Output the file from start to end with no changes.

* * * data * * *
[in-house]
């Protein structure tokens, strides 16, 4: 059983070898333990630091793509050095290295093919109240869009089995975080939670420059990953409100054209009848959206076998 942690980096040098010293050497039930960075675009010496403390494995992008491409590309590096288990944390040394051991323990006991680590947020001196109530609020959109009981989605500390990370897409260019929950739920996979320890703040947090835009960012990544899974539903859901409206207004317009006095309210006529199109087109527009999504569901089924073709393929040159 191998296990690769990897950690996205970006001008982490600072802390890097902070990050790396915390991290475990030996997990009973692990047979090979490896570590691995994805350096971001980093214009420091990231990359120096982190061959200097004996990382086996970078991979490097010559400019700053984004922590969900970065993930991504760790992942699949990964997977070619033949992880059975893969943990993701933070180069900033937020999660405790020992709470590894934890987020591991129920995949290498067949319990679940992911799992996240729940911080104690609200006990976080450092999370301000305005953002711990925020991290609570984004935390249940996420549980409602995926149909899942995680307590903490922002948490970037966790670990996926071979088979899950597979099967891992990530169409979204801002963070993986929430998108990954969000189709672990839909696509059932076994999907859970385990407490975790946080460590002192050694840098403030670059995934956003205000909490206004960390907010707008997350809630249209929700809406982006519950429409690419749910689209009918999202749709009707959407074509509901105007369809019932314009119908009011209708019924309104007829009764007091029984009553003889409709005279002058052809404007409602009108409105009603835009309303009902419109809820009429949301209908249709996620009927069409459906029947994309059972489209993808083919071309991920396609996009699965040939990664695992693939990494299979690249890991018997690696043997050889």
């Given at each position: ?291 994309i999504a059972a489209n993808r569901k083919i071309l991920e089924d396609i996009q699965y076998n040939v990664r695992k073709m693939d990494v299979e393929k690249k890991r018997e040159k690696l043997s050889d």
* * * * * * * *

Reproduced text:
[in-house]
């Protein structure tokens, strides 16, 4: 059983070898333990630091793509050095290295093919109240869009089995975080939670420059990953409100054209009848959206076998 942690980096040098010293050497039930960075675009010496403390494995992008491409590309590096288990944390040394051991323990006991680590947020001196109530609020959109009981989605500390990370897409260019929950739920996979320890703040947090835009960012990544899974539903859901409206207004317009006095309210006529199109087109527009999504569901089924073709393929040159 191998296990690769990897950690996205970006001008982490600072802390890097902070990050790396915390991290475990030996997990009973692990047979090979490896570590691995994805350096971001980093214009420091990231990359120096982190061959200097004996990382086996970078991979490097010559400019700053984004922590969900970065993930991504760790992942699949990964997977070619033949992880059975893969943990993701933070180069900033937020999660405790020992709470590894934890987020591991129920995949290498067949319990679940992911799992996240729940911080104690609200006990976080450092999370301000305005953002711990925020991290609570984004935390249940996420549980409602995926149909899942995680307590903490922002948490970037966790670990996926071979088979899950597979099967891992990530169409979204801002963070993986929430998108990954969000189709672990839909696509059932076994999907859970385990407490975790946080460590002192050694840098403030670059995934956003205000909490206004960390907010707008997350809630249209929700809406982006519950429409690419749910689209009918999202749709009707959407074509509901105007369809019932314009119908009011209708019924309104007829009764007091029984009553003889409709005279002058052809404007409602009108409105009603835009309303009902419109809820009429949301209908249709996620009927069409459906029947994309059972489209993808083919071309991920396609996009699965040939990664695992693939990494299979690249890991018997690696043997050889």
């Given at each position: ?291 994309i999504a059972a489209n993808r569901k083919i071309l991920e089924d396609i996009q699965y076998n040939v990664r695992k073709m693939d990494v299979e393929k690249k890991r018997e040159k690696l043997s050889d």